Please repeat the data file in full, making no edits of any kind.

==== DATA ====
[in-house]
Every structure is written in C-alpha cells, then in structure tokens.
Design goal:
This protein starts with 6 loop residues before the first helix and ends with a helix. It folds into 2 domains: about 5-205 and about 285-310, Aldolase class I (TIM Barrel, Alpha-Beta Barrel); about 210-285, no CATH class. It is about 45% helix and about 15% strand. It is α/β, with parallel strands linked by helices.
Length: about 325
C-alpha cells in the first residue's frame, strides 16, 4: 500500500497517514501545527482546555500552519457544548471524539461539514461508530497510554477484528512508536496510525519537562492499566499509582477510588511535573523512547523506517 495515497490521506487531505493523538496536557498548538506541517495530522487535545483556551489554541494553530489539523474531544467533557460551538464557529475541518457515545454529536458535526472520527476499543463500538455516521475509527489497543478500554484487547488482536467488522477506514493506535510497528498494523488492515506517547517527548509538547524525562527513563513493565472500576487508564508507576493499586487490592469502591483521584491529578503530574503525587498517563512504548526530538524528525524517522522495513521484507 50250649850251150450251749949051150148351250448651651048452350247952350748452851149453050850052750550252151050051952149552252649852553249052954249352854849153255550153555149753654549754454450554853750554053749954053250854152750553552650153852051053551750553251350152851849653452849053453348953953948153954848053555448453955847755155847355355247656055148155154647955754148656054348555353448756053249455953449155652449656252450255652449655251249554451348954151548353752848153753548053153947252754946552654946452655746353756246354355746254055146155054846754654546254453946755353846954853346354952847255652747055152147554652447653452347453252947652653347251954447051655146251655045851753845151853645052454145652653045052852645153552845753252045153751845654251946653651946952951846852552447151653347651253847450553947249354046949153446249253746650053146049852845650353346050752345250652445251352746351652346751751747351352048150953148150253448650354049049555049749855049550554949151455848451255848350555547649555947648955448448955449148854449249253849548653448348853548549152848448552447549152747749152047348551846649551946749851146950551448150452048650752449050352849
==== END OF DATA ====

[in-house]
Every structure is written in C-alpha cells, then in structure tokens.
Design goal:
This protein starts with 6 loop residues before the first helix and ends with a helix. It folds into 2 domains: about 5-205 and about 285-310, Aldolase class I (TIM Barrel, Alpha-Beta Barrel); about 210-285, no CATH class. It is about 45% helix and about 15% strand. It is α/β, with parallel strands linked by helices.
Length: about 325
C-alpha cells in the first residue's frame, strides 16, 4: 500500500497517514501545527482546555500552519457544548471524539461539514461508530497510554477484528512508536496510525519537562492499566499509582477510588511535573523512547523506517 495515497490521506487531505493523538496536557498548538506541517495530522487535545483556551489554541494553530489539523474531544467533557460551538464557529475541518457515545454529536458535526472520527476499543463500538455516521475509527489497543478500554484487547488482536467488522477506514493506535510497528498494523488492515506517547517527548509538547524525562527513563513493565472500576487508564508507576493499586487490592469502591483521584491529578503530574503525587498517563512504548526530538524528525524517522522495513521484507 50250649850251150450251749949051150148351250448651651048452350247952350748452851149453050850052750550252151050051952149552252649852553249052954249352854849153255550153555149753654549754454450554853750554053749954053250854152750553552650153852051053551750553251350152851849653452849053453348953953948153954848053555448453955847755155847355355247656055148155154647955754148656054348555353448756053249455953449155652449656252450255652449655251249554451348954151548353752848153753548053153947252754946552654946452655746353756246354355746254055146155054846754654546254453946755353846954853346354952847255652747055152147554652447653452347453252947652653347251954447051655146251655045851753845151853645052454145652653045052852645153552845753252045153751845654251946653651946952951846852552447151653347651253847450553947249354046949153446249253746650053146049852845650353346050752345250652445251352746351652346751751747351352048150953148150253448650354049049555049749855049550554949151455848451255848350555547649555947648955448448955449148854449249253849548653448348853548549152848448552447549152747749152047348551846649551946749851146950551448150452048650752449050352849